HYDERABAD: Andhra Pradesh chief minister N. Chandrababu Naidu has been very busy since people of the state voted simultaneously for the general and assembly elections on 11 April, flying in and out 15 times to meet opposition leaders in New Delhi, Kolkata, and Bengaluru, as part of his efforts to cobble up an anti-Bharatiya Janata Party (BJP) coalition.
The situation is in stark contrast to the days of former Prime Minister Atal Bihari Vajpayee when Naidu’s trips would mostly be limited to visiting the late BJP leader. Today, Naidu, the chief of the Telugu Desam Party (TDP) is one of the most vocal critics of Prime Minister Narendra Modi, having severed ties with the National Democratic Alliance (NDA).
“He has been making two trips a week to New Delhi ever since polling ended. He has also met (West Bengal chief minister) Mamata Banerjee in Kolkata and Janata Dal (Secular), or JD(S) chief Deve Gowda in Bengaluru to try and bring all opposition leaders together," said a senior TDP leader, requesting anonymity.
Exit polls may not have favoured the TDP in Andhra Pradesh and may have predicted an NDA government at the centre after 23 May.
However, Naidu is set to reach New Delhi on Thursday evening even if there is the slightest possibility of forming an alliance to deny the NDA a chance of forming the government, according to a senior TDP leader.
Naidu is even ready to set aside differences with his rival and Telangana chief minister K. Chandrashekar Rao, or KCR, besides working with other regional and national parties, the TDP leader said, requesting anonymity. “Depending on the results, Naidu might end up playing a crucial role in New Delhi this time," he said.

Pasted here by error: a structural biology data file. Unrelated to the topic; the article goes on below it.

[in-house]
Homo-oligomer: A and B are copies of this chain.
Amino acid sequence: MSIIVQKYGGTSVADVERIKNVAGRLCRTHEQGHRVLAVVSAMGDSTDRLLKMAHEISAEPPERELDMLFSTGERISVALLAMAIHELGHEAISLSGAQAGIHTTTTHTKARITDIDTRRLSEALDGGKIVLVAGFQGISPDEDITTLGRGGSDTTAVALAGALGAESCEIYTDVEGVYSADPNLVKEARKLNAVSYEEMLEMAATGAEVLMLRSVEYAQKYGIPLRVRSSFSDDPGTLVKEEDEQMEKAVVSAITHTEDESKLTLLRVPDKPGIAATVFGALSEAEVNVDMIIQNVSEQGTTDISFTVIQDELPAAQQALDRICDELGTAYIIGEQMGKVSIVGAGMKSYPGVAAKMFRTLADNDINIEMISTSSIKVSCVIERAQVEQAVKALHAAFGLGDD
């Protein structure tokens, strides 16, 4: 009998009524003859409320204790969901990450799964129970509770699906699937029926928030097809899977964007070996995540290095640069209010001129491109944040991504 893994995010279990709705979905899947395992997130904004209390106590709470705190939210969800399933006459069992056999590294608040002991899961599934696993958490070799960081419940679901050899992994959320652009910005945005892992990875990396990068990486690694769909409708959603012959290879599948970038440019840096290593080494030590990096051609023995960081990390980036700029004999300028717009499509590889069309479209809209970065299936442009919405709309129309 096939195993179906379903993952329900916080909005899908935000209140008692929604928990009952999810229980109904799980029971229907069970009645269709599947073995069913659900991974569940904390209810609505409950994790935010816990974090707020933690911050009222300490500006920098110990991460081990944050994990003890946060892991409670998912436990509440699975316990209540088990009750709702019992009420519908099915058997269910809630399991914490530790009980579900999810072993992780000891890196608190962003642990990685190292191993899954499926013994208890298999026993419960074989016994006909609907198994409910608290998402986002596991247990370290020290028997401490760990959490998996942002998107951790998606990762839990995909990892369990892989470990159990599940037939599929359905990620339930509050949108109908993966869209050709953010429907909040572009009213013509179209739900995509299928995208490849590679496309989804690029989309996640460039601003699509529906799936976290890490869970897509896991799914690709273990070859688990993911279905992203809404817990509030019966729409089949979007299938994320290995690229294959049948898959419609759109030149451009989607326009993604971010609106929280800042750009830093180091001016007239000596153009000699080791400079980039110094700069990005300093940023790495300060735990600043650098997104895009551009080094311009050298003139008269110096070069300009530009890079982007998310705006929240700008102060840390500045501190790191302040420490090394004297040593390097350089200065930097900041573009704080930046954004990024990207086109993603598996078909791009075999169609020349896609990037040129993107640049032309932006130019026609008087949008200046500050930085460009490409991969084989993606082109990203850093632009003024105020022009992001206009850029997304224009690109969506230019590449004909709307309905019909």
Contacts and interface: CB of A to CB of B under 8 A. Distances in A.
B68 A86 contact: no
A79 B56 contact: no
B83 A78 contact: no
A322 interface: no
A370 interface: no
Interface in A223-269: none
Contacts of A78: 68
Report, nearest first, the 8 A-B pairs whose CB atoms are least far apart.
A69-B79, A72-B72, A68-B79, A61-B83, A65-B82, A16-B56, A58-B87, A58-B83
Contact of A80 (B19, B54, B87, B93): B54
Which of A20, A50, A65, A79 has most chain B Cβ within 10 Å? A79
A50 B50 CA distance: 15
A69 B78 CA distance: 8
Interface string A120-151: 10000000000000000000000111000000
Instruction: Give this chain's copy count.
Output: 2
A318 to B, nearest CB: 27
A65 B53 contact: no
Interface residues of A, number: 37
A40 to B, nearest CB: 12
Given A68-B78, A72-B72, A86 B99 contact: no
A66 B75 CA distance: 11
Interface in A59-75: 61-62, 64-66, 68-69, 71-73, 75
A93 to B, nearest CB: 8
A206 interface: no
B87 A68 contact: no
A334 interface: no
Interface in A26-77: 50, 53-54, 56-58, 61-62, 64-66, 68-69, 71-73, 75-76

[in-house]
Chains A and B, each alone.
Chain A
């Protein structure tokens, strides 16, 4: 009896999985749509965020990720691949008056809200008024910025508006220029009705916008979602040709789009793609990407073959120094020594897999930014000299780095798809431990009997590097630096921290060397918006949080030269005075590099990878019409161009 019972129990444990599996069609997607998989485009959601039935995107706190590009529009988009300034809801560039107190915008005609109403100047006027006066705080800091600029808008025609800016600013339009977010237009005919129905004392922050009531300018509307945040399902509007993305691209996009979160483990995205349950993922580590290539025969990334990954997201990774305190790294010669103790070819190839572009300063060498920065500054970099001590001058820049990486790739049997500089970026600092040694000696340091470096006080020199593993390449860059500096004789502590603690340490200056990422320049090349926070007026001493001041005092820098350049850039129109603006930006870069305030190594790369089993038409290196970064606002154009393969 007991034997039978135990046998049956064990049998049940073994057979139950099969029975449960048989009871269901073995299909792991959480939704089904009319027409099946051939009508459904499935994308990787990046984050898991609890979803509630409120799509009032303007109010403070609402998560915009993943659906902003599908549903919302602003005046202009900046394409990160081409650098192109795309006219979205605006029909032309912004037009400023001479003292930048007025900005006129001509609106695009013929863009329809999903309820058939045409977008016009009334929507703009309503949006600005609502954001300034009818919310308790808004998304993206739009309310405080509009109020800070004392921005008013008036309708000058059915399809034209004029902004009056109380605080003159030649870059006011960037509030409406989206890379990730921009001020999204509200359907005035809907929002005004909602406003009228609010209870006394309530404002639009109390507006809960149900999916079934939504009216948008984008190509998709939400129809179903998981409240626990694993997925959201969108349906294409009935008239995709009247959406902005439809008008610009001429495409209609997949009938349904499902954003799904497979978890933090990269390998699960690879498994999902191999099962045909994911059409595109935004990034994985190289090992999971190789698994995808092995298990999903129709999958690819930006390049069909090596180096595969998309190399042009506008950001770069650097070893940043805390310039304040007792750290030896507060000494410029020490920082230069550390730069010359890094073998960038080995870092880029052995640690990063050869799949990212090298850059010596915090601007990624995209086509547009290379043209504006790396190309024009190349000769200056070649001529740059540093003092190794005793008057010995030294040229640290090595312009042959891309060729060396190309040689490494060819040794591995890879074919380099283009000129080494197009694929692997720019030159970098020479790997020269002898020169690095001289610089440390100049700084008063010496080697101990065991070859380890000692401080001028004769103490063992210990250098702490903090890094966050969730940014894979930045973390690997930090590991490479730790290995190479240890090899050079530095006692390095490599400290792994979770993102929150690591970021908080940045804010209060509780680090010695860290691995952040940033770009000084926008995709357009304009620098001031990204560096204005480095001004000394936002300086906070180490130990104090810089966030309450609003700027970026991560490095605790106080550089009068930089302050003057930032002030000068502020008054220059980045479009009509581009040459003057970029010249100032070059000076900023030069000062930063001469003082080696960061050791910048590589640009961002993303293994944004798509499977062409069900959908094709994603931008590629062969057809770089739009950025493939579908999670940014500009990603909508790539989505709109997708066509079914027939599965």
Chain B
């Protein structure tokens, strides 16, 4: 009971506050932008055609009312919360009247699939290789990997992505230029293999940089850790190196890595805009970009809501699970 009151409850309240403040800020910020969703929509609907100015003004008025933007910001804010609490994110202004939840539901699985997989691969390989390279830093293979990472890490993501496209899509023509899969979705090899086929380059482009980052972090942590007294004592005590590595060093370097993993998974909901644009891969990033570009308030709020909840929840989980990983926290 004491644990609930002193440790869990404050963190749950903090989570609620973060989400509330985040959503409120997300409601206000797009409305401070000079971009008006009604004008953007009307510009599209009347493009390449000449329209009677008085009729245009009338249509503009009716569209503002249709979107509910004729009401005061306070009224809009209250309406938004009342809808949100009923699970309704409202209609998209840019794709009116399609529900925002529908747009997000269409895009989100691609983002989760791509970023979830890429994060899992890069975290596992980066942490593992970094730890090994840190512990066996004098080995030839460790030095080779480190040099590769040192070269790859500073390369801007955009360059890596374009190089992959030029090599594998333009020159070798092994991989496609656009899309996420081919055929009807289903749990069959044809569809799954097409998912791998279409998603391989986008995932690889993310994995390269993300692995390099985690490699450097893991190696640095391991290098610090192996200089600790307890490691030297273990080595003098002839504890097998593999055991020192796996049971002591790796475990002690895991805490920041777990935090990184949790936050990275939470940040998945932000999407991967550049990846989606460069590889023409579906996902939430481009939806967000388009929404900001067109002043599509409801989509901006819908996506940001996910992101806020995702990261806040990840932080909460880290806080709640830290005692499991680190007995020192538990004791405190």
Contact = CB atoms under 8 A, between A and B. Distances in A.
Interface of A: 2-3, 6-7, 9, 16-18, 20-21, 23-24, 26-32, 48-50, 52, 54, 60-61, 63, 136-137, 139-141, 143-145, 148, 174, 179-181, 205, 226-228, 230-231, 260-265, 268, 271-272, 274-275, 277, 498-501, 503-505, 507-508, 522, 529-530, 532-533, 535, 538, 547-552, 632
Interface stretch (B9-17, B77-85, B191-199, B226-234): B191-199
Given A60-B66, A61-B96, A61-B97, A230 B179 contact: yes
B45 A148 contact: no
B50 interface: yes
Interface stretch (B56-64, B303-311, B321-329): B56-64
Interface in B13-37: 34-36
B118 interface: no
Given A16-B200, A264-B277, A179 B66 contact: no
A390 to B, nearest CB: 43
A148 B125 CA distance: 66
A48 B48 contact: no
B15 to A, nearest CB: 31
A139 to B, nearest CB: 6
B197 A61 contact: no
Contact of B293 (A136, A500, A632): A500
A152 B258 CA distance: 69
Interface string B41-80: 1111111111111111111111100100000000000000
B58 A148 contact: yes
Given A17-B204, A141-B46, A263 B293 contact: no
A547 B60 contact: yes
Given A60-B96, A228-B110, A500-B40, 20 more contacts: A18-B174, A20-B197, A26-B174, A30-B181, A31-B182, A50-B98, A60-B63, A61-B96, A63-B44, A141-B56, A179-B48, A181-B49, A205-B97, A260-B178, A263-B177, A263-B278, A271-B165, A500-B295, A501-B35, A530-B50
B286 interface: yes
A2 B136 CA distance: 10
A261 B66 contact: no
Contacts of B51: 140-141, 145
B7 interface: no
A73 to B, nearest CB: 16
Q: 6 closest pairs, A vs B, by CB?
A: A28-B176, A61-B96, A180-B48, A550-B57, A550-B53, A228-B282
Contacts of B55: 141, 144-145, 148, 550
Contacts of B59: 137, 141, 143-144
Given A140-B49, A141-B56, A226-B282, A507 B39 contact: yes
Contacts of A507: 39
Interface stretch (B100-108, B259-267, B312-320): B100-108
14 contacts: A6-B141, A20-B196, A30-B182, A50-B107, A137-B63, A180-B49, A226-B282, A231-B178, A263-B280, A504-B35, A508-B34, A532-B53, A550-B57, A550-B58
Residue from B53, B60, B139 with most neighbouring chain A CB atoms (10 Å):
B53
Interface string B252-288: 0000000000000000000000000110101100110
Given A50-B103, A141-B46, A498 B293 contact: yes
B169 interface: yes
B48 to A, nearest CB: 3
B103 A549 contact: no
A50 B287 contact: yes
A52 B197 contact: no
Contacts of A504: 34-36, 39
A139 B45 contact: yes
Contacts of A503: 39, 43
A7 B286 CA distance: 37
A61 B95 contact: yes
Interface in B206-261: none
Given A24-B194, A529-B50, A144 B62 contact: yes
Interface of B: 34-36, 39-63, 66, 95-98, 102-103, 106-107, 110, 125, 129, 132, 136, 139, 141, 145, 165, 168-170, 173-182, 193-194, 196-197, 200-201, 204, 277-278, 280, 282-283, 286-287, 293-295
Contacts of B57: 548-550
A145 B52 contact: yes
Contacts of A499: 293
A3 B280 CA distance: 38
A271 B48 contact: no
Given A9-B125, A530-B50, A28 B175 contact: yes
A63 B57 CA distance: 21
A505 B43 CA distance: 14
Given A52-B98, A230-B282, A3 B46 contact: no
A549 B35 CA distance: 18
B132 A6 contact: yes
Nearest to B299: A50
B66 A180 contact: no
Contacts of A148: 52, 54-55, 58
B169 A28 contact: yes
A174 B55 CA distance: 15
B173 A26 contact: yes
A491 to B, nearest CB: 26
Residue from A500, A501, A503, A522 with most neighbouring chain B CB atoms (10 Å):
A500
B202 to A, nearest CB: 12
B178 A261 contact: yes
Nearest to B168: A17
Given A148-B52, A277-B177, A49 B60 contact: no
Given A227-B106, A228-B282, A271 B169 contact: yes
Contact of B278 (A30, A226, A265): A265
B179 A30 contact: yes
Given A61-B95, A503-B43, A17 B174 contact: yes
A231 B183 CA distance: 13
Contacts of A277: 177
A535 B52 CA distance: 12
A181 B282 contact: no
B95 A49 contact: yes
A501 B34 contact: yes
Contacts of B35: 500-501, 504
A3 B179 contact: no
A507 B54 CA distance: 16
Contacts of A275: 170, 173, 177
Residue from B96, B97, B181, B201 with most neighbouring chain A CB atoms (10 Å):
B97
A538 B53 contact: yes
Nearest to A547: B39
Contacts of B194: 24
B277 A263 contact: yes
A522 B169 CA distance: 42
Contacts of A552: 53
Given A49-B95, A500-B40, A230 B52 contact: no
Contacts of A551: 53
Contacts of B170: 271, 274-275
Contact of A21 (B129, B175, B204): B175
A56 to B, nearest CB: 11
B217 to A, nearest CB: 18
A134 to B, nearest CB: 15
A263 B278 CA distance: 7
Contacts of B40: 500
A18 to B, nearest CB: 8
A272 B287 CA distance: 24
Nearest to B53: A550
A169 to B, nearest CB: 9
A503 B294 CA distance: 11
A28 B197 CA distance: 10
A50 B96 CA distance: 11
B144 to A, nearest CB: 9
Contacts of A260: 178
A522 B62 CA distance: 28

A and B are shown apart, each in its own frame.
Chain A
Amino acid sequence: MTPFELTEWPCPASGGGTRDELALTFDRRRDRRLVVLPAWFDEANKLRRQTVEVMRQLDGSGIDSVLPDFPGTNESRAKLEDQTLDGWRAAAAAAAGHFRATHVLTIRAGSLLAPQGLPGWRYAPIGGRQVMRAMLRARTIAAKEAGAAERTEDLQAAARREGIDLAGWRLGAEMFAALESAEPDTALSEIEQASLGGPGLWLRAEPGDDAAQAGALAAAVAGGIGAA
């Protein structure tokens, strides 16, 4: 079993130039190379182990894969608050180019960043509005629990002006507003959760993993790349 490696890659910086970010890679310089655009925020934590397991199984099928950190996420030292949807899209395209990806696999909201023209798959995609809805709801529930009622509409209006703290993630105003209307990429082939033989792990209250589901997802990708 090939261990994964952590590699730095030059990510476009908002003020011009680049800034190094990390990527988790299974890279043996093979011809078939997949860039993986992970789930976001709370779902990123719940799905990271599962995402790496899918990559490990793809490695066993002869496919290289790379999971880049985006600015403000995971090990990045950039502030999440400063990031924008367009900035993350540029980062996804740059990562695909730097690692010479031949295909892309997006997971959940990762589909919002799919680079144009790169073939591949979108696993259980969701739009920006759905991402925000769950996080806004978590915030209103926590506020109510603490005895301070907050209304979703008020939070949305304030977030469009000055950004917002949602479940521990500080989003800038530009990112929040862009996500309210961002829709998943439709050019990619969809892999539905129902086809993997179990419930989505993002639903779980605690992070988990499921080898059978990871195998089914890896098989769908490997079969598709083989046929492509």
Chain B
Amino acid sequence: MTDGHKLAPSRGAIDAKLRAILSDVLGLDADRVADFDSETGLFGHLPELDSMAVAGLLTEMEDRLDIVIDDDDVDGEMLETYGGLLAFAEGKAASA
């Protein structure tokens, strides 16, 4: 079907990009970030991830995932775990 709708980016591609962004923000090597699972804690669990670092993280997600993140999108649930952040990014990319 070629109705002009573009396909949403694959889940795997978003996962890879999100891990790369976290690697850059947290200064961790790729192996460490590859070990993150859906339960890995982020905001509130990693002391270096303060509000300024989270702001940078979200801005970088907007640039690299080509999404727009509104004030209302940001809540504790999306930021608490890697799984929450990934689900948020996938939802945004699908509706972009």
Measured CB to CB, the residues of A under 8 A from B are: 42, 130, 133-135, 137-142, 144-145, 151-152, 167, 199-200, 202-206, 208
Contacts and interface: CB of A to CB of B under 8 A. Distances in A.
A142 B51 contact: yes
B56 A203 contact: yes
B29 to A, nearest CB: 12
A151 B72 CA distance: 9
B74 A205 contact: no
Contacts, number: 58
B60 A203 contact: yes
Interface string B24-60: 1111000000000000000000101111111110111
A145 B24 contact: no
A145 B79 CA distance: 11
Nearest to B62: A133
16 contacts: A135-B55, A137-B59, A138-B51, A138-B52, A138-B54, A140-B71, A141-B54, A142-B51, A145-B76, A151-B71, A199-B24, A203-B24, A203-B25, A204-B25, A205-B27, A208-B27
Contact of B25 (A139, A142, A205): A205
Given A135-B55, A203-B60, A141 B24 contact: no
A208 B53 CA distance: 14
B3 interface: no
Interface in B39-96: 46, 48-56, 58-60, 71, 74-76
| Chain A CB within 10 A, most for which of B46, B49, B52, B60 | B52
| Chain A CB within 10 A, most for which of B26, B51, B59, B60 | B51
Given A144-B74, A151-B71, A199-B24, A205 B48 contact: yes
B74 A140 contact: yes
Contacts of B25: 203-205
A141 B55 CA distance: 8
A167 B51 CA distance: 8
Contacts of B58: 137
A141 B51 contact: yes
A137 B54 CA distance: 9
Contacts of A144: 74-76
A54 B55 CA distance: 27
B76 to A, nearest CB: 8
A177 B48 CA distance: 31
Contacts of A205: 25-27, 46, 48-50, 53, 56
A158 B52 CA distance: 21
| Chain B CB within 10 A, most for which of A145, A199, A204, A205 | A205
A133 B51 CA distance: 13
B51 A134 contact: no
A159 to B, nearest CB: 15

KCR, the leader of the Telangana Rashtra Samithi (TRS), himself is trying to forge a federal front and has met several regional party leaders. However, TRS leaders, requesting anonymity, said that KCR might provide outside support to the NDA if required, but was certainly not comfortable about joining hands with the Congress.
For Naidu, life came a full circle when he had to join hands with the Congress to stitch up an anti-BJP coalition for “democratic compulsions" last year as the TDP was founded on an anti-Congress sentiment in 1982 by N.T. Rama Rao, the then chief minister of undivided Andhra Pradesh.
“The situation is always dynamic. Nationalist Congress Party chief Sharad Pawar who once said that Naidu can be prime minister, is now apparently talking to KCR to see who will prove to be more beneficial in an alliance. Naidu might be a big leader, but if he doesn’t win enough seats in Parliament, nobody will consider him for the post. He needs to fight for relevance, or he will be ignored," said political analyst Palwai Raghavendra Reddy.